And Bernthal kept his word, returning to do the show Off-Broadway after breaking through in “The Walking Dead.” “I was wor­­ried that since his career was taking off, he’d forget about our partnership,” says Pollono. “A lot of people are ‘set friends’ and disappear when the show is over. But J.B. isn’t that guy. He says what he means. And here we are 10 years later and still collaborating.”

Bernthal is also becoming more involved as a producer; in addition to “Small Engine Repair,” he is an EP on the upcoming Lena Dunham film “Sharp Stick,” in which he appears.

Up next is a role in “The Unforgivable” as Blake, co-worker and love interest of Sandra Bullock’s character, a recent parolee. Unlike “King Richard,” there was no hard sell required. In fact, Bullock asked him to take the part. Actually, she pleaded. “Calling Jon and begging him to do this — and he didn’t want to do it at first — was easy for me to do,” Bullock tells Variety. “No one else would have worked. There is something about Jon that feels 1,000% authentic. There isn’t a facade or a style that he is putting on to sell a brand. No one else could have come to that specific character and made it feel like a real human being.”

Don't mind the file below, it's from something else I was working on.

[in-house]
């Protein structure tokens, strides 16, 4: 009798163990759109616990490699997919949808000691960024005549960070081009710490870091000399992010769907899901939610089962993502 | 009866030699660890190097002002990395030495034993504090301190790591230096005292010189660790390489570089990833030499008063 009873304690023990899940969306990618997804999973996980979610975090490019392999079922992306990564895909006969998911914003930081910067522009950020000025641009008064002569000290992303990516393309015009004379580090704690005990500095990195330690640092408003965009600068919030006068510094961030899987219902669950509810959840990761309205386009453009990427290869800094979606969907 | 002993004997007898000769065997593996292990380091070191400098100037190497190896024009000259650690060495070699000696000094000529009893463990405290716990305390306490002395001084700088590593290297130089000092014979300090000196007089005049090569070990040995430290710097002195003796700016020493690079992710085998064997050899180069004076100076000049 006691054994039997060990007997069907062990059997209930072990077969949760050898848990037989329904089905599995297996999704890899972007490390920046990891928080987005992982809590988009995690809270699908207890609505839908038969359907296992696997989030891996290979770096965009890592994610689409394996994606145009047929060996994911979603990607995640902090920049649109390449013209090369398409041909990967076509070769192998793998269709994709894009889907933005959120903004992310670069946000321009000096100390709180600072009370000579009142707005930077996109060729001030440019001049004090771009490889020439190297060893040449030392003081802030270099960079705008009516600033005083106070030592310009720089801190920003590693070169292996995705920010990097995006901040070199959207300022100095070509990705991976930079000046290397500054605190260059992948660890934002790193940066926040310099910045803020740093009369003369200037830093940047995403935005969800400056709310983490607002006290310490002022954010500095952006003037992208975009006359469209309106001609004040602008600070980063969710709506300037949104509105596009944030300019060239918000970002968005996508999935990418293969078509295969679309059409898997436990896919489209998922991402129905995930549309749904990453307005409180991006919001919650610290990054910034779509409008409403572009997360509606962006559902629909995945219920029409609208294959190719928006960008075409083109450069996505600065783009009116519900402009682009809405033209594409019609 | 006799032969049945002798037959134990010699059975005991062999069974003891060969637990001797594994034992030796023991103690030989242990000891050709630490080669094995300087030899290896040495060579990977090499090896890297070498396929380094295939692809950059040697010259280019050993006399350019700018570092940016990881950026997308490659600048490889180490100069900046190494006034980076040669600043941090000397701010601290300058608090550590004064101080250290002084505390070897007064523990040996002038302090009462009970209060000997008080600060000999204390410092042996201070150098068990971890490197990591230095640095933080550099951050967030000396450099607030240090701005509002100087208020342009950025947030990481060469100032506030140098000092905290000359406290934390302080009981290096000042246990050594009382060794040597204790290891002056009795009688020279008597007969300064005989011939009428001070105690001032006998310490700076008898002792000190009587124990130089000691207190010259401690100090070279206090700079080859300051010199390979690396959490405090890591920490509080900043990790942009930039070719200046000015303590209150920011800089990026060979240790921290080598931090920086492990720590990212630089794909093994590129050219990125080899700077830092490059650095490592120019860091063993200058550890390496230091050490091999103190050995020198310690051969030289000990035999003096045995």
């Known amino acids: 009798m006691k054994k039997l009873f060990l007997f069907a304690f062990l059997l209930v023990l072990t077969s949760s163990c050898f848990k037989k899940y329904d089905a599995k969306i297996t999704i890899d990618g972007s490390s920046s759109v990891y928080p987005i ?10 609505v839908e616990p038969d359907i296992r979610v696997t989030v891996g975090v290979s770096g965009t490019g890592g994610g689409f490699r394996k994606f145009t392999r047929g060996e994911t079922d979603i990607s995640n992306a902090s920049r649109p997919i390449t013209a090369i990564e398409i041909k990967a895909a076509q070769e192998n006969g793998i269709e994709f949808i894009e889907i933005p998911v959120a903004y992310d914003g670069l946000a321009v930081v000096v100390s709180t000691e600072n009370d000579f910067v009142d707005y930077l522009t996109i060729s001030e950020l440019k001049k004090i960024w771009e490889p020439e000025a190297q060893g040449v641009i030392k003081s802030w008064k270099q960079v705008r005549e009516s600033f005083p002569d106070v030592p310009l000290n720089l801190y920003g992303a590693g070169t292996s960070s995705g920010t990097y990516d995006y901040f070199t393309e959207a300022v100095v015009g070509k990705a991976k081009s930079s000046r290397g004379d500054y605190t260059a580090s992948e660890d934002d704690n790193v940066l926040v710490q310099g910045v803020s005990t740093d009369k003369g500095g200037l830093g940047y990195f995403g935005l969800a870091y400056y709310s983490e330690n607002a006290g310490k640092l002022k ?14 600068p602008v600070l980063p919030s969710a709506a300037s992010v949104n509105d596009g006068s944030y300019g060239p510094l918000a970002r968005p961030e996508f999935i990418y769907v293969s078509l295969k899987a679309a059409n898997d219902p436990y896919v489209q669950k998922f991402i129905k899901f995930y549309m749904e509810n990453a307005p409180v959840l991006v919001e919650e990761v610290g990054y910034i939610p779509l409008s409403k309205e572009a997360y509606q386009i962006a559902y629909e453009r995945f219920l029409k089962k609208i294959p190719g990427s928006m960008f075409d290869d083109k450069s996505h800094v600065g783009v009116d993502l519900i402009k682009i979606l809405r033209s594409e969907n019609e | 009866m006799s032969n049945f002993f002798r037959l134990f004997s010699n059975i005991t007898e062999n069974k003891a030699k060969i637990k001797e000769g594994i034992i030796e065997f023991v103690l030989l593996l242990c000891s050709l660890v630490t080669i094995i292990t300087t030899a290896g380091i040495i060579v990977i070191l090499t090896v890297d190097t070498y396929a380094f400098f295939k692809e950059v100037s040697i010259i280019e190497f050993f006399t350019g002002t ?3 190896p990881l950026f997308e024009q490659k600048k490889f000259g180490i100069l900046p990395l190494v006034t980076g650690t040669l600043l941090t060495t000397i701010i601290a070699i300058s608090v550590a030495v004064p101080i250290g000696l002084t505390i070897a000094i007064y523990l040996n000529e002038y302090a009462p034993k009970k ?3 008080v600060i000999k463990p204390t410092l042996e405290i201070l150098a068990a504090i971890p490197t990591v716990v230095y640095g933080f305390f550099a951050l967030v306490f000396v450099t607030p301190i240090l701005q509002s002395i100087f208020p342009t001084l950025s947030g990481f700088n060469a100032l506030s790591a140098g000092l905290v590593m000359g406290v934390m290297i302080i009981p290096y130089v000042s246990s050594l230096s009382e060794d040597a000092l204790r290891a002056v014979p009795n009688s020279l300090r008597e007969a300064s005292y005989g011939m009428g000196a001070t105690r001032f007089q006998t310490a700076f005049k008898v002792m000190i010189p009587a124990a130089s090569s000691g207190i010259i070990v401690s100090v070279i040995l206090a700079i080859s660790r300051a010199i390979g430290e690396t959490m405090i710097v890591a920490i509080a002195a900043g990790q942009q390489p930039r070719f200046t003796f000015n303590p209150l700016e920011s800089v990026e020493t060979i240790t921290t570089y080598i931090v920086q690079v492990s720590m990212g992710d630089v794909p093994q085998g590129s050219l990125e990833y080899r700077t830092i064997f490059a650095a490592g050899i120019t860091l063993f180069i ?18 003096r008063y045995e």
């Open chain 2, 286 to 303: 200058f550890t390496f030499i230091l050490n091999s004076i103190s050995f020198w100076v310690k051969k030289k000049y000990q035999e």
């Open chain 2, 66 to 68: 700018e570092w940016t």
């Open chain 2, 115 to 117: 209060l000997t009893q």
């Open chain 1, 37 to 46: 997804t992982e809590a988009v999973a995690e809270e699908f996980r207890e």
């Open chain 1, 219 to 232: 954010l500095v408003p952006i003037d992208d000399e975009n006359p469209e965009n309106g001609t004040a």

Echoes director Nora Fingscheidt, “I knew Jon mostly from his roles as a tough guy, but he also has such a warmth and incredible honesty to him that it was clear after the first meeting he is the perfect cast. Blake is the one person that makes our main character Ruth open up and we needed somebody who can pull this off, while avoiding all clichés.”

On the end of the spectrum, Bernthal will star in a reboot of “American Gigolo” for Showtime, sliding into the role Richard Gere played in the 1980 film. “When you see me with my giant ears and my big nose, you can tell it’s gonna be a little bit different than that,” he jokes. “Look, it scares the shit out of me — and ultimately that’s 100% why I decided to walk towards it.”